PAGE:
After two weeks in Ohio, Kim and I were pleased to move on to new territory. We leaped across the northwest corner of Pennsylvania and set up camp near Niagara Falls, New York.
Kim had never visited New York before this trip. And although I’d been to New York City a couple of times, I hadn’t seen the rest of the state. As a result, we didn’t know what to expect. Turns out, New York is pretty darn awesome.
The northwest corner of New York is filled with rolling hills and farmland. It’s mostly rural with a few medium-sized cities — Buffalo, Rochester, Syracuse — thrown in for good measure. The area is also an up-and-coming wine-growing region, particularly the land around the long and narrow Finger Lakes. Because of this, we decided now would be a good time to test out Harvest Hosts.
Harvest Hosts is a membership site that connects campers with farm owners. We, as travelers, decide where we want to stay. We check the Harvest Hosts website to see if there are any participating farms, wineries, or breweries nearby. If there are, we call to ask permission to camp on the property. When we stay, there are three primary conditions:
- We have to be self-contained. That is, our RV can’t require connections to water, sewer, or electricity.
- We have to support the place we stay by agreeing to purchase some of their wares. If we stay at a farm, we might buy veggies or eggs, for instance. If we stay at a winery, we buy wine.
- We can’t be a nuisance. We can’t put out awnings or build fires unless invited to do so. This isn’t a problem for most long-term trailerites. (From our experience, it’s the weekend campers who are noisy and messy.)
Kim and I joined Harvest Hosts while we were in Arizona last April. We love the idea of it. Because we buy (and drink) a lot of wine, this is essentially a way for us to find free camping. We hadn’t had a chance to use the service, however, until reaching New York.
Freedom Run Vineyard
As we left Ohio, Kim contacted a couple of wineries through the Harvest Hosts website. The first to get back to her was Freedom Run Winery, located about half an hour from Buffalo, New York. We had a great experience.
First, the staff was almost as laid back as we were. Larry, the owner, invited us to stay not just one night, but two or three if we wanted. After he decided we ought to have a fire for ambience, Larry brought us paper and wood and a torch to build one.
Our RV spot (and fire) at Freedom Run Vineyard
Second, Freedom Run has great wines. Kim and I can be fussy about the wine we drink. She grew up in central California wine country, and I’ve learned to love Oregon pinot noir and sparkling wine. On this trip, we’ve tasted wine in several states but have mostly been disappointed. The Midwest, especially, has lousy wine. (And for some reason, folks in Wisconsin and Michigan grow and love fruit wines. To each her own, I guess.) After months of mediocre wine, it was great to find a place that produced the sorts of wines we love. We didn’t just buy one or two bottles at Freedom Run; we bought almost a full case.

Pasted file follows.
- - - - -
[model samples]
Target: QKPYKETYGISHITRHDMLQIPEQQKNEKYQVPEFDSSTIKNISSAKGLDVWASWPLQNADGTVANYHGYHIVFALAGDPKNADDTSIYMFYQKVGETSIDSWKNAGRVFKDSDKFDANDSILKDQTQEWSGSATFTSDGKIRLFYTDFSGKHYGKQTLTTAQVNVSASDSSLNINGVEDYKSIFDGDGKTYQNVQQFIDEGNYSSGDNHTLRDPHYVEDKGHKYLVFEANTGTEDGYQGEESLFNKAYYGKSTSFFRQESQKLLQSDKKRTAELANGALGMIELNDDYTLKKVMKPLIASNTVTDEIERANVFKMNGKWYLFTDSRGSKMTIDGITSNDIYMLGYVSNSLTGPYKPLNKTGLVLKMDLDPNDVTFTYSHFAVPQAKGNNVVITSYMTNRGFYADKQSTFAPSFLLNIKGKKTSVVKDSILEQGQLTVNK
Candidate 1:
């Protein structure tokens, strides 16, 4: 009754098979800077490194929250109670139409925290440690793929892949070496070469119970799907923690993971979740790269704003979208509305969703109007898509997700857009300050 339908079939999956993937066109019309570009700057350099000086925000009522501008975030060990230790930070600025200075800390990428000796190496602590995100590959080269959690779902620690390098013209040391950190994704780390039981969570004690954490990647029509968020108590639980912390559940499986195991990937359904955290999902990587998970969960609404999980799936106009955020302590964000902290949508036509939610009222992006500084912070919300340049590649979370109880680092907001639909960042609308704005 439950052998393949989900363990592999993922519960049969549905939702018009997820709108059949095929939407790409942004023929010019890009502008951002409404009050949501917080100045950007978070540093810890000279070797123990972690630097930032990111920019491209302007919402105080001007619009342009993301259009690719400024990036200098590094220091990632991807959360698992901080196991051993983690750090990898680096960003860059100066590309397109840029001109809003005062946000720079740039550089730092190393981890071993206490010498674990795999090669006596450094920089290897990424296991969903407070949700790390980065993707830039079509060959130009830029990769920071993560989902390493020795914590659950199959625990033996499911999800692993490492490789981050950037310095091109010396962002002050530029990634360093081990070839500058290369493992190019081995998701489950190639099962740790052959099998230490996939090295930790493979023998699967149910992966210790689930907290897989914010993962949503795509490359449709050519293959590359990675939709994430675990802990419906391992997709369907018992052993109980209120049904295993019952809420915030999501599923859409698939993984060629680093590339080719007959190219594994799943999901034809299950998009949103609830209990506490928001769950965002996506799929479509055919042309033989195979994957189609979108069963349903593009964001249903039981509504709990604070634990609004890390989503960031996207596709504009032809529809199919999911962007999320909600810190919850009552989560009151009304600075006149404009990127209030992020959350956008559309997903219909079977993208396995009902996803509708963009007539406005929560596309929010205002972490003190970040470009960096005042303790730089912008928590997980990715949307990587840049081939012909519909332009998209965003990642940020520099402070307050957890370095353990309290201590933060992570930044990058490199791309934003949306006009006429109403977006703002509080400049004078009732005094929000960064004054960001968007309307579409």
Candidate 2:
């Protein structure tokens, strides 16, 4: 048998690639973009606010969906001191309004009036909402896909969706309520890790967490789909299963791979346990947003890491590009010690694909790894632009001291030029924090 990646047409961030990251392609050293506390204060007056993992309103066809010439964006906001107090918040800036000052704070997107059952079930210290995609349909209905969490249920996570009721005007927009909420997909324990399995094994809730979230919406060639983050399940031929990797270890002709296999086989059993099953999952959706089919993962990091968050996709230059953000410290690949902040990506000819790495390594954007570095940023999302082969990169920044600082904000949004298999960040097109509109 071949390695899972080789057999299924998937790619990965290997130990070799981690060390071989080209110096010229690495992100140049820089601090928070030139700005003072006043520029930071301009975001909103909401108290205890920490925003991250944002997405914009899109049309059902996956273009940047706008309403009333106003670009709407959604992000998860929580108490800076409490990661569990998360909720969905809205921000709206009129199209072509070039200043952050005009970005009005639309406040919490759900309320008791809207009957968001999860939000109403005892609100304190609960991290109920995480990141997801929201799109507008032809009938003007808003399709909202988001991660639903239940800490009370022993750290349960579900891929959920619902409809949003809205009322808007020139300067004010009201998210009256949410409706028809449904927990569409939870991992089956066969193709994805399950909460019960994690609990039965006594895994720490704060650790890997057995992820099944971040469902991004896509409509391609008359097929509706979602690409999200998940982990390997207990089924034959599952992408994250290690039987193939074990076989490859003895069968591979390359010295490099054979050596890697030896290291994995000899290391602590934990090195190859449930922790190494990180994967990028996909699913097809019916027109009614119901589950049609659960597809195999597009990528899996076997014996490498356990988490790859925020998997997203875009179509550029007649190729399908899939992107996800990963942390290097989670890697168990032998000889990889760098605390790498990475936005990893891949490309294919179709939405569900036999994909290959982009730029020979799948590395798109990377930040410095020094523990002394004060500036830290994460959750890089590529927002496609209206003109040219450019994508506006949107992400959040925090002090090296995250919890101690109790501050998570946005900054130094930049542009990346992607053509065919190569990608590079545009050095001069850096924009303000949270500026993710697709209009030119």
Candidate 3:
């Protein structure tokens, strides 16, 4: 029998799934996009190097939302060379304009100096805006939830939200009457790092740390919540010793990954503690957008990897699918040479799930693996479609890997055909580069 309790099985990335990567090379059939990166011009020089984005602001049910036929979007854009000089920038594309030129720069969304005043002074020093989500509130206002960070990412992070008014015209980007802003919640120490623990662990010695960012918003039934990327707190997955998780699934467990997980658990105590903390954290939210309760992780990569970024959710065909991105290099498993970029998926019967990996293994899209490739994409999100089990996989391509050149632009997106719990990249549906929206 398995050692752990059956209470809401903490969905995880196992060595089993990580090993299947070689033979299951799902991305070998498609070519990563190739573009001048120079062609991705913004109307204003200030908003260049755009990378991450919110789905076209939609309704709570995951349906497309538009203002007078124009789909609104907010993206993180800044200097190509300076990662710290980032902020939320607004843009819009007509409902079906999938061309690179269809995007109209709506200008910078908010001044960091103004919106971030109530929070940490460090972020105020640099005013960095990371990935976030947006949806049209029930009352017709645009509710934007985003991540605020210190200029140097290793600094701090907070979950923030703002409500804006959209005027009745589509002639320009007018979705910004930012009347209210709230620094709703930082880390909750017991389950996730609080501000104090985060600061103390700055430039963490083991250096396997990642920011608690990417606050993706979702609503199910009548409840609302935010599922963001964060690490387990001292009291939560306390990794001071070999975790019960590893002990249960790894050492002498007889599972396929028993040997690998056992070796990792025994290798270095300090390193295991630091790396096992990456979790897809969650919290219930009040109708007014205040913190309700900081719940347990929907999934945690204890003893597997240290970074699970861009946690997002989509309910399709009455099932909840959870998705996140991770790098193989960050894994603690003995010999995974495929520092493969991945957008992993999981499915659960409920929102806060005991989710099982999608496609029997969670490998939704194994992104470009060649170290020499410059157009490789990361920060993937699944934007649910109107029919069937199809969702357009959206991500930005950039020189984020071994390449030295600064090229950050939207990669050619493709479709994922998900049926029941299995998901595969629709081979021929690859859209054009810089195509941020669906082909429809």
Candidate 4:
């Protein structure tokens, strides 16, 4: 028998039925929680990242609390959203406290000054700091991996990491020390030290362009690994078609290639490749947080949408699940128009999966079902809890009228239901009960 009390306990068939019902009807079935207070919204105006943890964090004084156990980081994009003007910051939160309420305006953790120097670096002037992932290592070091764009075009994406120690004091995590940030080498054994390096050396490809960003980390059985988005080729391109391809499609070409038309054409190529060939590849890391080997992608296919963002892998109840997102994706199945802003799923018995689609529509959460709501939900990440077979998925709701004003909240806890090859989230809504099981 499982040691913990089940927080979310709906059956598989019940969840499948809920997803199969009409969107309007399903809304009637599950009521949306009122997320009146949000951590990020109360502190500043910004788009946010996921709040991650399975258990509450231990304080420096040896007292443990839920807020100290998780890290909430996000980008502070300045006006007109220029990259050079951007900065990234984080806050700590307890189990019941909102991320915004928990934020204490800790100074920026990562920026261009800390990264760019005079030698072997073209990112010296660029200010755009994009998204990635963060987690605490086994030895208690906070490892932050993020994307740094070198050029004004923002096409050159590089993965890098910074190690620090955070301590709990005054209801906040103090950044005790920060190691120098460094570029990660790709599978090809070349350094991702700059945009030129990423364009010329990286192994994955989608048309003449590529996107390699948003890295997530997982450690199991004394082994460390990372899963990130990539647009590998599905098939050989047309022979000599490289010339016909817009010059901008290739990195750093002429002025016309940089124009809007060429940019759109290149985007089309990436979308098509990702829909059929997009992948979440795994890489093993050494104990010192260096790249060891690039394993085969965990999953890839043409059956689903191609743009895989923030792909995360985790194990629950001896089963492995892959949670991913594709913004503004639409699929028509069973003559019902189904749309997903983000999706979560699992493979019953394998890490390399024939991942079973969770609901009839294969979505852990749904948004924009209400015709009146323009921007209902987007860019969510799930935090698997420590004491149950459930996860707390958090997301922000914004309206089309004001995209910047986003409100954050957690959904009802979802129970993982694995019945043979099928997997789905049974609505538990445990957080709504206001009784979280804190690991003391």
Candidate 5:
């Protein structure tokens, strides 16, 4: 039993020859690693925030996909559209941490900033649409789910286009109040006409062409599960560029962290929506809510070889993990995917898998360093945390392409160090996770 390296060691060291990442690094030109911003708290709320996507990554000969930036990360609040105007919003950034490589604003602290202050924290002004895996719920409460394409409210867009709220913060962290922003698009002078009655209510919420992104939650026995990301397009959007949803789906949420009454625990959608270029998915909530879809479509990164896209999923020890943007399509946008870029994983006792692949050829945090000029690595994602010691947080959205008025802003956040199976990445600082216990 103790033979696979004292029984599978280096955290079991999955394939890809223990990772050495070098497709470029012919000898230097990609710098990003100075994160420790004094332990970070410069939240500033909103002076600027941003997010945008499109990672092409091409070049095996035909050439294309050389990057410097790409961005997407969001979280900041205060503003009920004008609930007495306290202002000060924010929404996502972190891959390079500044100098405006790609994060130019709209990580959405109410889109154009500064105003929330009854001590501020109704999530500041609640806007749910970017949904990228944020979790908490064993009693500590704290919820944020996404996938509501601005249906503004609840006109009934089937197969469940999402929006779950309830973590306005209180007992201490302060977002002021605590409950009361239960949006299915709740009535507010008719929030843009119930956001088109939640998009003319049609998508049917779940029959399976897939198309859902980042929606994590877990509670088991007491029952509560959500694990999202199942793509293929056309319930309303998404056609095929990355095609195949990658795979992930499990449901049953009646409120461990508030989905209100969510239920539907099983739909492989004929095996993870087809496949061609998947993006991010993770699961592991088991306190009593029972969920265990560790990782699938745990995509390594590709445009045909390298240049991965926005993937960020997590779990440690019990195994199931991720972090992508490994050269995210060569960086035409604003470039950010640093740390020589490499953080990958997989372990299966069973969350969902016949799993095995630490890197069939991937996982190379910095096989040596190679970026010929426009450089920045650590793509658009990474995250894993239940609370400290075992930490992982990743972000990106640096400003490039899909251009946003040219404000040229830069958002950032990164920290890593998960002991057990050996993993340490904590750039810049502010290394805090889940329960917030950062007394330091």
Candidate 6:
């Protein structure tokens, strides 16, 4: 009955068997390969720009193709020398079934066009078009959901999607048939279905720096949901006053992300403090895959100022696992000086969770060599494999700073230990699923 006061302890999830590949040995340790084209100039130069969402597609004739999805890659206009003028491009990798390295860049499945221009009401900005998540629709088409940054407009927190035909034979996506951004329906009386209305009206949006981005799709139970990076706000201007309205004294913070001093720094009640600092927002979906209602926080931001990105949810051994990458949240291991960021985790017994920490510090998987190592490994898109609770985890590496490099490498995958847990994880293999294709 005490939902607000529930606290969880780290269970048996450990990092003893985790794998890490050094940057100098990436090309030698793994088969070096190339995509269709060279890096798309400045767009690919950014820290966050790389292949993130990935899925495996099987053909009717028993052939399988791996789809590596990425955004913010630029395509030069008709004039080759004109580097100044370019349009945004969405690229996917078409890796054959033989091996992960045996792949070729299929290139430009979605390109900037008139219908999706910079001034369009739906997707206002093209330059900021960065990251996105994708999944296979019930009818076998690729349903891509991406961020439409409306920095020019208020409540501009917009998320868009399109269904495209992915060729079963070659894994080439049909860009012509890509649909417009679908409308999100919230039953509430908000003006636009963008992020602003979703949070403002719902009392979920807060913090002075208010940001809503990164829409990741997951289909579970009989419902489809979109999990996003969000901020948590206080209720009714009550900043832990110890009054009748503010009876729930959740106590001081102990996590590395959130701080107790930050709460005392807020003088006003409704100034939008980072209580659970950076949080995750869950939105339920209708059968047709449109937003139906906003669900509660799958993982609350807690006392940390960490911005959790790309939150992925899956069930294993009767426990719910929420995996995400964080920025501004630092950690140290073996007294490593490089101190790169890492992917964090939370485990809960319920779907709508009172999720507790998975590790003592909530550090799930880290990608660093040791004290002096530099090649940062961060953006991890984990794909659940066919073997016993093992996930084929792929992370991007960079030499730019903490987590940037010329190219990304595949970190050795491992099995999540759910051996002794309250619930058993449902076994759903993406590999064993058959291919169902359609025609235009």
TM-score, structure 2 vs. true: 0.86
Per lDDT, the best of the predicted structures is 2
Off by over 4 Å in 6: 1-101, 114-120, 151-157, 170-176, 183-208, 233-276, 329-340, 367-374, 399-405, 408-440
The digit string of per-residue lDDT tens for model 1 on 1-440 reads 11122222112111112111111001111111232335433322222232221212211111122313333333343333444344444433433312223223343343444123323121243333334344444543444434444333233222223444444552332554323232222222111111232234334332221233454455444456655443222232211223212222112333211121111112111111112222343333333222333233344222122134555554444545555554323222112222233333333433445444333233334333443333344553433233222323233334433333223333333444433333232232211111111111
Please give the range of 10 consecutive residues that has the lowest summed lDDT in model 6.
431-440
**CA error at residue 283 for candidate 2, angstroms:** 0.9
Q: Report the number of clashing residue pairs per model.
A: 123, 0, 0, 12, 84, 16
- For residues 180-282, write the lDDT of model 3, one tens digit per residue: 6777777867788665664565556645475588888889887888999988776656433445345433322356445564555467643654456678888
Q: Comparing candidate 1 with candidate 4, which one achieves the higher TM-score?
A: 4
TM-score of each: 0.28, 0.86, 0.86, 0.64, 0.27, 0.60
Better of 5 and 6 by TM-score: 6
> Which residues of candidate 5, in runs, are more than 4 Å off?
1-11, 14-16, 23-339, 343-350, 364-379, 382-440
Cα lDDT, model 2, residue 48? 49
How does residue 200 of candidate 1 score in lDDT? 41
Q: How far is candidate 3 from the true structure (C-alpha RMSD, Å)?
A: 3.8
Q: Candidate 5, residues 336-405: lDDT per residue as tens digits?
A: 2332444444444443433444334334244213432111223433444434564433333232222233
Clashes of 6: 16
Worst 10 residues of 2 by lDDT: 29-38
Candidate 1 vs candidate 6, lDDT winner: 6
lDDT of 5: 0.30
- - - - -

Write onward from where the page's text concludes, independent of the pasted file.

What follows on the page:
One afternoon we were put to work bottling Applejack…
Third, the location was fantastic. Freedom Run rests on the edge of the Niagara Escarpment, a long line of bedrock running through the Great Lakes area. The softer rock to the north of the escarpment has eroded through time, which means the land to the south sits at higher elevation. (This delineation is most famously seen at Niagara Falls itself, where the Niagara River cascades over the edge of the escarpment.)
The incredibly beautiful Niagara Falls (click to enlarge)
We used Freedom Run as our base for a couple of days while we explored the area.
One morning, we packed up our bikes and crossed the border into Ontario, Canada. There we parked the Mini Cooper and cycled through town, following the Niagara River up to the falls themselves. We were fortunate to visit on a day with amazing light. Seriously, the photos we took here might be the best we’ve captured on this trip.
We were also pleased to spend an evening with Roy and Sue, a couple we’d met while camping near Canyonlands National Park in May. When they heard we were in the area, Roy and Sue motorcycled up from their home in Mount Morris to have dinner with us in Lockport. Larry at Freedom Run made us reservations at Danny Sheehan’s Steakhouse, where we had a delicious meal — and leftovers.
Taking Care of Business
Although Kim and I wanted to stay longer at Freedom Run, we decided it was time to move on. Over the previous couple of weeks, our motorhome had begun to exhibit a variety of problems and we wanted to get them fixed. We drove east to Rochester. There, we bought parts and tools to make several repairs ourselves, and we left the RV with the folks at Camping World to address the problems that were beyond our capabilities.
In the process, we solved (we hope) a mystery that has plagued us for months.